Chlamydia trachomatis is a sexually transmitted bacterial infection. It is most prevalent among young women, however, people of all ages contract this STI. It is usually spread through vaginal, anal, and oral sexual contact and can also be passed from mother to child during childbirth. Chlamydia can also cause eye infections when infectious secretions make contact with the eye area. It should also be noted that it's possible to contract chlamydia in the rectum area through anal sex.
Chlamydia doesn't always produce symptoms in those affected. However, when it does, typical symptoms include pain during urination, bleeding between menstrual periods, lower stomach pain, and discharge from the genitals, which can occur in both men and women. Although it's easy to treat once it's discovered it can create serious health problems if it goes untreated.
Certain behaviors can put a person at risk for contracting chlamydia. These behaviors include sexual activity before the age of 25, as well as sexual contact with multiple partners in under a year. A person can also be predisposed to developing this infection if they have a history of contracting other sexually transmitted infections and don't use condoms consistently.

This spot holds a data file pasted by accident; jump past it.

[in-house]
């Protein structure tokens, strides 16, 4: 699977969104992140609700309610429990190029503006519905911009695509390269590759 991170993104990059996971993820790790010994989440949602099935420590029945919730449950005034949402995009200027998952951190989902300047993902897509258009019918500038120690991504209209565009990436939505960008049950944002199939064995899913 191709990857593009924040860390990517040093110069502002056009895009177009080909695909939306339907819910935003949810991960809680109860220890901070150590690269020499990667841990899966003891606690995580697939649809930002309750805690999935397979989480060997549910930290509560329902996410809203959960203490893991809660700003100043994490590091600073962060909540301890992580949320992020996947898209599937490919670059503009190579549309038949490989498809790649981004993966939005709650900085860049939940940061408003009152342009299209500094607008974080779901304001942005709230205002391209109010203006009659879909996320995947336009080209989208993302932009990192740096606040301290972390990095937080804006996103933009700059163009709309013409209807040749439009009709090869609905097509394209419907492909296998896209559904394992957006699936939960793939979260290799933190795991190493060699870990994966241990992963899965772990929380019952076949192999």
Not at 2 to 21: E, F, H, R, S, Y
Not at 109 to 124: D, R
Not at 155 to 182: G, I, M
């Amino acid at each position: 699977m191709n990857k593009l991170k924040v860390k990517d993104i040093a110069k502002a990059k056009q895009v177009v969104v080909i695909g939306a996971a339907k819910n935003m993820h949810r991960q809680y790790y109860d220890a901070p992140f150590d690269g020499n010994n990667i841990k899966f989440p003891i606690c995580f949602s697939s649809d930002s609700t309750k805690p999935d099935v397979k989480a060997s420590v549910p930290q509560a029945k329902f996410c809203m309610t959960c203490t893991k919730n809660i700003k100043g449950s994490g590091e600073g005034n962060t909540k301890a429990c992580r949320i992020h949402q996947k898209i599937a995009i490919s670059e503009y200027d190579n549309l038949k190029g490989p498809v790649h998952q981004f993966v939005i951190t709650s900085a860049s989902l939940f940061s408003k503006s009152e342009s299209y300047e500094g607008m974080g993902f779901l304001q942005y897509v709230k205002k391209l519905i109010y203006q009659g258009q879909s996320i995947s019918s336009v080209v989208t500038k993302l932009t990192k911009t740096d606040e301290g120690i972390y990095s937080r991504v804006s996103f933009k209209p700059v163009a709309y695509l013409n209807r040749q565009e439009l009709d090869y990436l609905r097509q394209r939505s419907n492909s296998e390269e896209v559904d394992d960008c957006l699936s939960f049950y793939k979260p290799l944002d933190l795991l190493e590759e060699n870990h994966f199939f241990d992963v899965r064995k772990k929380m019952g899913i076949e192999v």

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You can eliminate your chances of developing chlamydia by abstaining from vaginal, anal, and oral sex. However, if you engage in sexual activity, you can decrease your chances of contracting chlamydia by using condoms with each sexual encounter, limiting your number of sex partners, and getting tested regularly. In addition, women should avoid douching. Douching lowers the body's natural defense against infections by decreasing the good bacteria present in your vagina.
This site offers information designed for educational purposes only. You should not rely on any information on this site as a substitute for professional medical advice, diagnosis, treatment, or as a substitute for, professional counseling care, advice, diagnosis, or treatment. If you have any concerns or questions about your health, you should always consult with a physician or other health-care professional.